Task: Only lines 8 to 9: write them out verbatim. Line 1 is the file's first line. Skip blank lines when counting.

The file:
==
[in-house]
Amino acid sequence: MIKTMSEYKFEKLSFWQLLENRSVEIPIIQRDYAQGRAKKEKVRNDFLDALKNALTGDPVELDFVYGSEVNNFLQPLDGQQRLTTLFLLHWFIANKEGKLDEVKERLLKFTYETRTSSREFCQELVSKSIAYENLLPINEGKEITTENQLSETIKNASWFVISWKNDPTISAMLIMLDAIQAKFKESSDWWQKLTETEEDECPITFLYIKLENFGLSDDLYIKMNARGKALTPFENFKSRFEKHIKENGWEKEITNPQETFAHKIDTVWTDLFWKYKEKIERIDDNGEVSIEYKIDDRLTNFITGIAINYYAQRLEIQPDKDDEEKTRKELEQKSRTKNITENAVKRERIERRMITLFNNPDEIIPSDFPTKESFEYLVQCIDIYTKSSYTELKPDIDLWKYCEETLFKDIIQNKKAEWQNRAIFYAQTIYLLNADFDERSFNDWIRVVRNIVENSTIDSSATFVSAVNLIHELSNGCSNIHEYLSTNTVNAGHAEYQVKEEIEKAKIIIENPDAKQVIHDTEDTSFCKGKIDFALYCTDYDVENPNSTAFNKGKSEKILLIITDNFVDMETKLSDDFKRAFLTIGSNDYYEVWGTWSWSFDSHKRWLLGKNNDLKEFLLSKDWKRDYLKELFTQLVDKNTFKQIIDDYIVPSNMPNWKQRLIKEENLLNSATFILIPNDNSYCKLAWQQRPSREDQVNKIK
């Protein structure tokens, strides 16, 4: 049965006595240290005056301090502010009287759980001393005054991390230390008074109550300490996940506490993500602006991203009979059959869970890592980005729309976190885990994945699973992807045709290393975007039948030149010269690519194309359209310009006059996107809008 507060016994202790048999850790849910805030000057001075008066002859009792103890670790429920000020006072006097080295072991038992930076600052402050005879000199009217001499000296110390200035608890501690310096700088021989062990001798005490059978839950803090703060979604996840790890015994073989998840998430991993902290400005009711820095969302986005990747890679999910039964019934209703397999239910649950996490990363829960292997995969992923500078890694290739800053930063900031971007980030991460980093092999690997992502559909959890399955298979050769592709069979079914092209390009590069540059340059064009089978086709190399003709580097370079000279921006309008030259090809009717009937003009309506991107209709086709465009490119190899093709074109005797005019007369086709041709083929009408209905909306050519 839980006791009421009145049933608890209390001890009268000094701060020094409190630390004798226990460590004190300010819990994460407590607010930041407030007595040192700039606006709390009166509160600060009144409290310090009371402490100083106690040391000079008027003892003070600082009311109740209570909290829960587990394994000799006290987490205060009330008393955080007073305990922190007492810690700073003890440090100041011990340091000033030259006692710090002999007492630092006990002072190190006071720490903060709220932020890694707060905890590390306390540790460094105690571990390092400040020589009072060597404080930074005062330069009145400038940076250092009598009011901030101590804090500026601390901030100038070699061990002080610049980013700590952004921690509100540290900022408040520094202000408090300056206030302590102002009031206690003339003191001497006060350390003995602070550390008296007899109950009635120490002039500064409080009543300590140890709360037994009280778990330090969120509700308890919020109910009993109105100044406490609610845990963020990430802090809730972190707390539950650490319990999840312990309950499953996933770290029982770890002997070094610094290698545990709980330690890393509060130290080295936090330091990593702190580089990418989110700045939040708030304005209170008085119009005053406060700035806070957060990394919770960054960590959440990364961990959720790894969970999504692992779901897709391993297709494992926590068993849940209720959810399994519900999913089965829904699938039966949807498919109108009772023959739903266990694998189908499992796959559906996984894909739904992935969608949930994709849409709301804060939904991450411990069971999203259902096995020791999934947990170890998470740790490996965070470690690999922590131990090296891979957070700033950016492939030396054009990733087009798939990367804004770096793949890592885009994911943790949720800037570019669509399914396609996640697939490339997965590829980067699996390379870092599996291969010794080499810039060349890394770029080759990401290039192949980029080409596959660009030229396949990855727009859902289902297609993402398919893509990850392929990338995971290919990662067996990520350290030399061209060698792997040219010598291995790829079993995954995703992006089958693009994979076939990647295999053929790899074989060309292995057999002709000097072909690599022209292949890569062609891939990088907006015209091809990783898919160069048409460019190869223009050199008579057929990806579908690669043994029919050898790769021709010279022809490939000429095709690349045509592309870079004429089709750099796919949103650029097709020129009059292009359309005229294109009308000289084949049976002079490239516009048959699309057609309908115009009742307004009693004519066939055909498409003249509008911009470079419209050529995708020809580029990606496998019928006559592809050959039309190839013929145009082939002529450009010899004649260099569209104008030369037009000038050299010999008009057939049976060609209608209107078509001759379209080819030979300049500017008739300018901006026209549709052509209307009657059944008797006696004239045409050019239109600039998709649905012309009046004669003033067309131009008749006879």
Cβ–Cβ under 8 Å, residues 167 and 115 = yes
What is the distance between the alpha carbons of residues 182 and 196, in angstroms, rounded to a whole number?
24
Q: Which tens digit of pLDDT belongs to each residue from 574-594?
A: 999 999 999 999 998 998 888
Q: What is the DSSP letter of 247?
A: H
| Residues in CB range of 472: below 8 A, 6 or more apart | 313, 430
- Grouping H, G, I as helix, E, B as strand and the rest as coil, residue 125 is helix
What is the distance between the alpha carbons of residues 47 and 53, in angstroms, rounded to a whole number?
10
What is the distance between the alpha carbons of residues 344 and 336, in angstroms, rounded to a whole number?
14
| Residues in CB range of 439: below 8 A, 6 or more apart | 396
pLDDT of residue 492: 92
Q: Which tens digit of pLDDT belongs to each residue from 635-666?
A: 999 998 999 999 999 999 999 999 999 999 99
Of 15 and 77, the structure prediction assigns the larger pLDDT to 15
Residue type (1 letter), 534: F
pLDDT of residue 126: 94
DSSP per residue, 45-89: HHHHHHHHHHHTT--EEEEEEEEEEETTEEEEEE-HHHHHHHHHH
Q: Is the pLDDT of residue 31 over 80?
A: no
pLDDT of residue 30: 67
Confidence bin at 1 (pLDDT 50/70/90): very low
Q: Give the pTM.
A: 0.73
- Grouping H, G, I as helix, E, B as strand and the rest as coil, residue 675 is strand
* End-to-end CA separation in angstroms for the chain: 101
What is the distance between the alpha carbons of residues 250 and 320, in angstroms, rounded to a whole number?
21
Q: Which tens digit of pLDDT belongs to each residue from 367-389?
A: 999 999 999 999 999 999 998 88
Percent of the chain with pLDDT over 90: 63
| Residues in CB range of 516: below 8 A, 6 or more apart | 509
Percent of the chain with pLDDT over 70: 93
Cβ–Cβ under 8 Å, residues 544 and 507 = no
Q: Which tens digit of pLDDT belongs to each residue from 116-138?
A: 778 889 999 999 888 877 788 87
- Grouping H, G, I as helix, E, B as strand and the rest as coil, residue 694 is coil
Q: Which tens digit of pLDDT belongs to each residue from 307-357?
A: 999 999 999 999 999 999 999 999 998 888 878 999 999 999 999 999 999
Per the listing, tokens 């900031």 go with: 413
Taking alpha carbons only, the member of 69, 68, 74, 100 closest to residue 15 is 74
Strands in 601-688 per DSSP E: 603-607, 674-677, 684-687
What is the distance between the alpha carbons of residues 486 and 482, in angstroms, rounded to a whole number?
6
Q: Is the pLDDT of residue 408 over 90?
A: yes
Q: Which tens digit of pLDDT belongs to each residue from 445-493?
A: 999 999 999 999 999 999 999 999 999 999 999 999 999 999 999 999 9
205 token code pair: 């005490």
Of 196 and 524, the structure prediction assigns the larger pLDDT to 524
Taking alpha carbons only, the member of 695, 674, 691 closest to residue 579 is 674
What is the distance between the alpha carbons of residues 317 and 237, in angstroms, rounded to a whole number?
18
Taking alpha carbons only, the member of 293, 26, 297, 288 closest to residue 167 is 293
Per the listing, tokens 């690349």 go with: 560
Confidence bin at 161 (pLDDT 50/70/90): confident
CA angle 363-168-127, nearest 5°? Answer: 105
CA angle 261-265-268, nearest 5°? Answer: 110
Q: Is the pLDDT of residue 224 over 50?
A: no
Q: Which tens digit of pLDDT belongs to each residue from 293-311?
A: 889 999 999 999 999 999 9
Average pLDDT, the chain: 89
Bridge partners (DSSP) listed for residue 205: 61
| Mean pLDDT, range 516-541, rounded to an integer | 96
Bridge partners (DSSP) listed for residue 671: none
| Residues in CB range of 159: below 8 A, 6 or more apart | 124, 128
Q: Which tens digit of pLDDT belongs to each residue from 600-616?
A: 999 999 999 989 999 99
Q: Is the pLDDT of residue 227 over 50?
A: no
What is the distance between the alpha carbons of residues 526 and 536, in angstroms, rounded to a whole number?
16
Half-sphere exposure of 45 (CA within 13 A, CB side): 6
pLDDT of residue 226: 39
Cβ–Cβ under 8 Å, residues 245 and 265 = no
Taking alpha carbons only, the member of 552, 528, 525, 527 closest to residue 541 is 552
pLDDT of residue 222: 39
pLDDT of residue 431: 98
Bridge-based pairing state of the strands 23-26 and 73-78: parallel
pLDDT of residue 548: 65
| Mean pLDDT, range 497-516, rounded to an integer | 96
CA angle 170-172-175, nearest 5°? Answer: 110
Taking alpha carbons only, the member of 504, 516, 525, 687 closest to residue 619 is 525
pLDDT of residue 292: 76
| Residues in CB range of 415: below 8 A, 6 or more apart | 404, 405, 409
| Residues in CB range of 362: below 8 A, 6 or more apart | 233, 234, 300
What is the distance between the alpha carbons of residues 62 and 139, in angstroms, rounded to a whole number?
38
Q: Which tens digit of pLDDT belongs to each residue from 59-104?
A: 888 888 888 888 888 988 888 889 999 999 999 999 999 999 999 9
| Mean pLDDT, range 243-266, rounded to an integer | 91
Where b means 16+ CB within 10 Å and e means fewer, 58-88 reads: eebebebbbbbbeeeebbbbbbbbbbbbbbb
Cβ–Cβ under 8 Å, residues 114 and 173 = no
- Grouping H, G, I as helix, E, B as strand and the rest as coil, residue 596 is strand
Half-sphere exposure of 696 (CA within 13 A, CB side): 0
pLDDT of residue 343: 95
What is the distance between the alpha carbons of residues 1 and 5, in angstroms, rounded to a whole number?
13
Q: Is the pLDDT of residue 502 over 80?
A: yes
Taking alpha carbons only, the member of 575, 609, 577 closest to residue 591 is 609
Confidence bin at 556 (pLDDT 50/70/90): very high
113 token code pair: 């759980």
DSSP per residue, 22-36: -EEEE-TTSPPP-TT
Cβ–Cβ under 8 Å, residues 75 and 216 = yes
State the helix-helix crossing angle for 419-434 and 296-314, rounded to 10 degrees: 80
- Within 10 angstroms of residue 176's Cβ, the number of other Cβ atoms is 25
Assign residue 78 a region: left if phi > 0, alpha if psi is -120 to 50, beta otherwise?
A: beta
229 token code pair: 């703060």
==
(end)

A: 999 999 999 999 998 998 888
Q: What is the DSSP letter of 247?